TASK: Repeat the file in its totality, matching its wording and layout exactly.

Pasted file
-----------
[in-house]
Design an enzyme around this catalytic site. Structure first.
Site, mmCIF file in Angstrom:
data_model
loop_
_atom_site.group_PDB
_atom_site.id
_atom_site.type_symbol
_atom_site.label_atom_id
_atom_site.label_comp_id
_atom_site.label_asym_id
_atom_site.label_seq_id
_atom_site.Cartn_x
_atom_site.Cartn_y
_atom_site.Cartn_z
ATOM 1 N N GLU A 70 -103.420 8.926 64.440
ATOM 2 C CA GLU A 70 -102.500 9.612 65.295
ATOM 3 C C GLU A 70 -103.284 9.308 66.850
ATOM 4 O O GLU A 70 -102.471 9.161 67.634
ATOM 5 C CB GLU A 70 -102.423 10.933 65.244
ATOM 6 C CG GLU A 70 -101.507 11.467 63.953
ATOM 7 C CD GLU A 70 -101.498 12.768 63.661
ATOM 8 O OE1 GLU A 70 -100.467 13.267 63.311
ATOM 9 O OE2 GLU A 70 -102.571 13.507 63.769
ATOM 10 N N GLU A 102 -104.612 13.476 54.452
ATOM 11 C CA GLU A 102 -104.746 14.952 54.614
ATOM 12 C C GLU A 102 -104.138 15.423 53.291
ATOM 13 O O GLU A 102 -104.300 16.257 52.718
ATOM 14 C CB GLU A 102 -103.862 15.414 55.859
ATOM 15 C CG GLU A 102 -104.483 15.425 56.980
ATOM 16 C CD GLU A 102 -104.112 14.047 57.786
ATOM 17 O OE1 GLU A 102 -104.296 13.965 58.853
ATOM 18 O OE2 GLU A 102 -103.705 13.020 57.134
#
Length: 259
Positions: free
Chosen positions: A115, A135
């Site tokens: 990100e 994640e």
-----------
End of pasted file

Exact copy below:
[in-house]
Design an enzyme around this catalytic site. Structure first.
Site, mmCIF file in Angstrom:
data_model
loop_
_atom_site.group_PDB
_atom_site.id
_atom_site.type_symbol
_atom_site.label_atom_id
_atom_site.label_comp_id
_atom_site.label_asym_id
_atom_site.label_seq_id
_atom_site.Cartn_x
_atom_site.Cartn_y
_atom_site.Cartn_z
ATOM 1 N N GLU A 70 -103.420 8.926 64.440
ATOM 2 C CA GLU A 70 -102.500 9.612 65.295
ATOM 3 C C GLU A 70 -103.284 9.308 66.850
ATOM 4 O O GLU A 70 -102.471 9.161 67.634
ATOM 5 C CB GLU A 70 -102.423 10.933 65.244
ATOM 6 C CG GLU A 70 -101.507 11.467 63.953
ATOM 7 C CD GLU A 70 -101.498 12.768 63.661
ATOM 8 O OE1 GLU A 70 -100.467 13.267 63.311
ATOM 9 O OE2 GLU A 70 -102.571 13.507 63.769
ATOM 10 N N GLU A 102 -104.612 13.476 54.452
ATOM 11 C CA GLU A 102 -104.746 14.952 54.614
ATOM 12 C C GLU A 102 -104.138 15.423 53.291
ATOM 13 O O GLU A 102 -104.300 16.257 52.718
ATOM 14 C CB GLU A 102 -103.862 15.414 55.859
ATOM 15 C CG GLU A 102 -104.483 15.425 56.980
ATOM 16 C CD GLU A 102 -104.112 14.047 57.786
ATOM 17 O OE1 GLU A 102 -104.296 13.965 58.853
ATOM 18 O OE2 GLU A 102 -103.705 13.020 57.134
#
Length: 259
Positions: free
Chosen positions: A115, A135
């Site tokens: 990100e 994640e």